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"New World of UN Peace Operations" Echoes from Rwanda to Jonglei, 4 Frenchmen

By Matthew Russell Lee, Book Review

UNITED NATIONS, January 18 -- With UN Peacekeeping under fire for recent inaction in South Kordofan and Darfur in Sudan, slow action in Pibor in South Sudan, abuse and negligent introduction on cholera in Haiti, and standing by during mass rapes in Walikale in the Congo, one expected the new 250 page book "The New World of UN Peace Operations" to suggest solutions to these problems.

  Instead, the book's three German authors lavish praise on the Department of Peacekeeping Operations, mostly on Jean-Marie Guehenno (the second of the four Frenchmen in a row to run DPKO) with a few mentions of his successor, Alain Le Roy.

  There are many below the top level of DPKO who want to do a good job, and some do. But as the proverb says, a fish rots from the head.

  The book does acknowledge some problems: the capture and "undressing" of UN peacekeepers in Sierra Leone in 2000 by forces under Corporal Foday Sankoh; the erratic management in Liberia of Jacques Klein. But it misses more recent stories.

  Though copyrighted and published in 2011 the book feels out of date, with only glancing mention of the Department of Field Support that was spun off in 2008. Ban Ki-moon is not even listed in the book's index; his name appears once, connected to a press release, on the book's penultimate page.

  Jordan's Prince Zeid is mentioned, but not his incomplete work on sexual abuse and exploitation. This is a bureaucratic book about a bureaucracy, portraying DPKO as a "learning organization."

  But what has DPKO learned? The book recounts DPKO inaction in Bukavu in the Kivus in 2004 during attacks led by Jules Mutebutsi and Laurent Nkunda.

  But the same thing happened last year in Southern Kordofan, and to some degree this month in Jonglei State in South Sudan, where the UN proceeded without Russian helicopters flying from November on, until a bloodbath in Pibor ensued (click here for an Inner City Press story.)  Even now the UN won't say what it has learned. (UNMISS official Lise Grande is in the book, at page 185; Hilde Johnson is not.)

   The book praises Alan Doss, the former SRSG in the Congo who left after proof of nepotism: urging UNDP to break the rules and give his daughter a job (a protest by the staffer whose job was being given away led to the staffer, and not Doss, being submitted to justice.)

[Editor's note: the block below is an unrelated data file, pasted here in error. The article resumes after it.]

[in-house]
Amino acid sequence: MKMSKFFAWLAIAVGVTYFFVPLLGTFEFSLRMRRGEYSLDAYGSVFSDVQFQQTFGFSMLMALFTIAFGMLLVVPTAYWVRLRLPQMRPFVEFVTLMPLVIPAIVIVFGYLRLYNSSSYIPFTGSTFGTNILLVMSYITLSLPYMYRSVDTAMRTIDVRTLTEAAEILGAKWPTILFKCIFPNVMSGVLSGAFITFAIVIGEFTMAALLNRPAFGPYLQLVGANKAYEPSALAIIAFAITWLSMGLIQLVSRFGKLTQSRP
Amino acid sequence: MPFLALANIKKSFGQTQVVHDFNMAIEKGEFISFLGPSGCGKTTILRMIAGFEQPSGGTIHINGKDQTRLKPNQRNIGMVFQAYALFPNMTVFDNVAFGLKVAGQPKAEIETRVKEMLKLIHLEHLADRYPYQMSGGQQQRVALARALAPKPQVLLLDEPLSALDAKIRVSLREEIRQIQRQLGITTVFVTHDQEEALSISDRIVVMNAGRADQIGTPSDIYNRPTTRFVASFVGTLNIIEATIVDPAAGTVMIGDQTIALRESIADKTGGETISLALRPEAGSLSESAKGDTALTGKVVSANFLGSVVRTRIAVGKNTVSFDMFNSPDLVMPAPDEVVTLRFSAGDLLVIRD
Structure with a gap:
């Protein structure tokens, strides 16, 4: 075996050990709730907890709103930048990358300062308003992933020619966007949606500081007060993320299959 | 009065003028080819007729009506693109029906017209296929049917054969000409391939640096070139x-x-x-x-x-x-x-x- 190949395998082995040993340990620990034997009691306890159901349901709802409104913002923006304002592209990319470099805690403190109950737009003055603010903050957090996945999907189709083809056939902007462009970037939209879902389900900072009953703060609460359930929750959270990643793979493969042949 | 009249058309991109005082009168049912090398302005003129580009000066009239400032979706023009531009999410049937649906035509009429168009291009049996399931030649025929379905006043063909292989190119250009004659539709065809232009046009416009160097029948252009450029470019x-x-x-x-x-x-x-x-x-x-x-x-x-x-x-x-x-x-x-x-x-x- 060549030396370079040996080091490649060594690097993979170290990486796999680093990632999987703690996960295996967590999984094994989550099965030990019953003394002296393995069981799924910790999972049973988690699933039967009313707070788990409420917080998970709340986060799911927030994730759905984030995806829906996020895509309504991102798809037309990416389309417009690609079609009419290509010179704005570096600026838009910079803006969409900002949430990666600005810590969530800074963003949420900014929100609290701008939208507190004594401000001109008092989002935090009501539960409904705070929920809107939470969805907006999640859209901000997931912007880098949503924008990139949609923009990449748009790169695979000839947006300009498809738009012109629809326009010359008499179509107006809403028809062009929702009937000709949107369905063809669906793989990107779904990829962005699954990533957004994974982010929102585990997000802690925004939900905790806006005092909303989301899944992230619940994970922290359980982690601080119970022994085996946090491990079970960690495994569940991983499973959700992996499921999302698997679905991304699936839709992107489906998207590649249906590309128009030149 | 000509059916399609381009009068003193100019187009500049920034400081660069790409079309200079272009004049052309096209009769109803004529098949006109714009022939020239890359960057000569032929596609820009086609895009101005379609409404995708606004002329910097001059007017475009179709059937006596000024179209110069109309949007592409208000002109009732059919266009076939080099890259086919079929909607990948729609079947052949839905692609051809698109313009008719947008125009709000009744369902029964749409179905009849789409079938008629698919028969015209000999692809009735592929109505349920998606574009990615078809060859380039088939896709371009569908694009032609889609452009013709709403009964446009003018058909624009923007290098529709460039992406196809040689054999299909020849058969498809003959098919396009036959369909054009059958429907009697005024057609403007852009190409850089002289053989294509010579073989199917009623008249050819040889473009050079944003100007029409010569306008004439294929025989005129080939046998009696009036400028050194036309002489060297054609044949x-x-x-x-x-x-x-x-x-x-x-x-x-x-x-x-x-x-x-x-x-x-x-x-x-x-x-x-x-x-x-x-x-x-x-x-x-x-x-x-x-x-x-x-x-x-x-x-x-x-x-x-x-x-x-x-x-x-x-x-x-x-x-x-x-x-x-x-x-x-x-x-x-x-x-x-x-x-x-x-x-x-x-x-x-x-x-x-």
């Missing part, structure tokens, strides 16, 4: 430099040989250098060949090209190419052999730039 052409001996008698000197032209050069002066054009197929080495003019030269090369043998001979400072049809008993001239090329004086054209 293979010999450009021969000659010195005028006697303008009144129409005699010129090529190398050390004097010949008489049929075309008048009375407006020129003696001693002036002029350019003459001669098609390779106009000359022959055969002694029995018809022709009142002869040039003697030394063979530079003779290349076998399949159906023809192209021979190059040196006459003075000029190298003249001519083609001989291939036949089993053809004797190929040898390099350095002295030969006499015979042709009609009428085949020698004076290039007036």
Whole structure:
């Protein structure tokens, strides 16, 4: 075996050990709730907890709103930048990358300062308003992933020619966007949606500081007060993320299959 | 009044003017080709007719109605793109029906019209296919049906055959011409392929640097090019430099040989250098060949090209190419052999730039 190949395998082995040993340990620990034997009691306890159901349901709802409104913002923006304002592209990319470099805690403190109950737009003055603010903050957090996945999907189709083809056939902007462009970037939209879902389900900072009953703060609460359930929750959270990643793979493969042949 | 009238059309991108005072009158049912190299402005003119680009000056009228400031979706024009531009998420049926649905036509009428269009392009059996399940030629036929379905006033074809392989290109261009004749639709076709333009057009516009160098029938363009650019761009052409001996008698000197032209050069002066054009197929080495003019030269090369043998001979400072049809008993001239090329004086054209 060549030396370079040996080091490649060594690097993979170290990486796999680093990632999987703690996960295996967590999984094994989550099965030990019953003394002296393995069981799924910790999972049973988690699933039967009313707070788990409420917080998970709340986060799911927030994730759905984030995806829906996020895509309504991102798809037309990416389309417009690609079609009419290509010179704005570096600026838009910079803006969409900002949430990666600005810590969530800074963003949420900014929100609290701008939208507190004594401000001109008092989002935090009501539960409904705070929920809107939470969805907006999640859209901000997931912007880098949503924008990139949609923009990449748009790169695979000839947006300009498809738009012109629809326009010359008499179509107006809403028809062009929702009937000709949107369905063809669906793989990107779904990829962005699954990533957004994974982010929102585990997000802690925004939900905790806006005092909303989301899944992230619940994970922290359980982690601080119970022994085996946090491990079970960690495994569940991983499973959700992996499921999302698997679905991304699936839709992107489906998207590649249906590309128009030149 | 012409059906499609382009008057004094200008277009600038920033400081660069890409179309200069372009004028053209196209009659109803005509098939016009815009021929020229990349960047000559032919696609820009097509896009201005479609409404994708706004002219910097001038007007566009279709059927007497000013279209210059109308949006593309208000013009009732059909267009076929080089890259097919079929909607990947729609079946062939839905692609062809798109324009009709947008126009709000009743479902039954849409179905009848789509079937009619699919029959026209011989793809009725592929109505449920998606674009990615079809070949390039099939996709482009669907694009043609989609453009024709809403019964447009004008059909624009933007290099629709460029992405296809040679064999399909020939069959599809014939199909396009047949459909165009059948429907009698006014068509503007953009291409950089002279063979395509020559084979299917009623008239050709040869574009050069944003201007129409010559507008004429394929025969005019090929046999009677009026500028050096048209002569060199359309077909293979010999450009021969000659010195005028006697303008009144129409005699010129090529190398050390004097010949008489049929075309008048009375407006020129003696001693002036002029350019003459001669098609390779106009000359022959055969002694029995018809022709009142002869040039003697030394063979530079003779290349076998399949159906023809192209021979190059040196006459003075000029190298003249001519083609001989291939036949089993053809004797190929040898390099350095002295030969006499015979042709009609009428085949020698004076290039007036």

Amid bloviating about the UN's Rule of Law work, there is no mention of the peacekeepers' immunity, which has led for example to the mere repatriation of over 100 Sri Lankan soldiers after being accused of pedophilia in Haiti, and the more recent case involving Uruguayan peacekeepers.

  Inevitably there's mention of the Romanian UN Formed Police Unit shooting protesters in Kosovo in 2007 with 13 year old rubber bullets which got hard enough to kill. But this same issue -- allowing peacekeepers to use out of date munitions -- had earlier led to deaths in the DRC. So what did the UN learn?

  There are many below the top level of DPKO who want to do a good job, and some do. But as the proverb says, a fish rots from the head.

(c) UN Photo
UN Peacekeeping in decline: Ladsous & Ban his year, response on cholera in Haiti not shown

  One wonders what the authors think of the capture of UN Peacekeeping by a single member state, to the degree that France put forward Herve Ladsous at the last minute to replace Jerome Bonnafont, even though even his supporters say Ladsous is unqualified.

  At an early meeting, Ladsous reportedly told UN staff, don't look to me for vision, I am a bureaucrat. So it seems are this book's authors, Thorsten Benner, Stephan Bergenthaler and Philipp Rotmann, all affiliated with the Global Public Policy Institute GPPi. The book was funded by the German Foundation for Peace Research. The money could better have been spent trying to protect civilians in Pibor, or South Kordofan before that. Live and learn.

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These reports are usually also available through Google News and on Lexis-Nexis.

Click here for a Reuters AlertNet piece by this correspondent about Uganda's Lord's Resistance Army. Click here for an earlier Reuters AlertNet piece about the Somali National Reconciliation Congress, and the UN's $200,000 contribution from an undefined trust fund.  Video Analysis here

Click here for Sept 26, 2011 New Yorker on Inner City Press at UN

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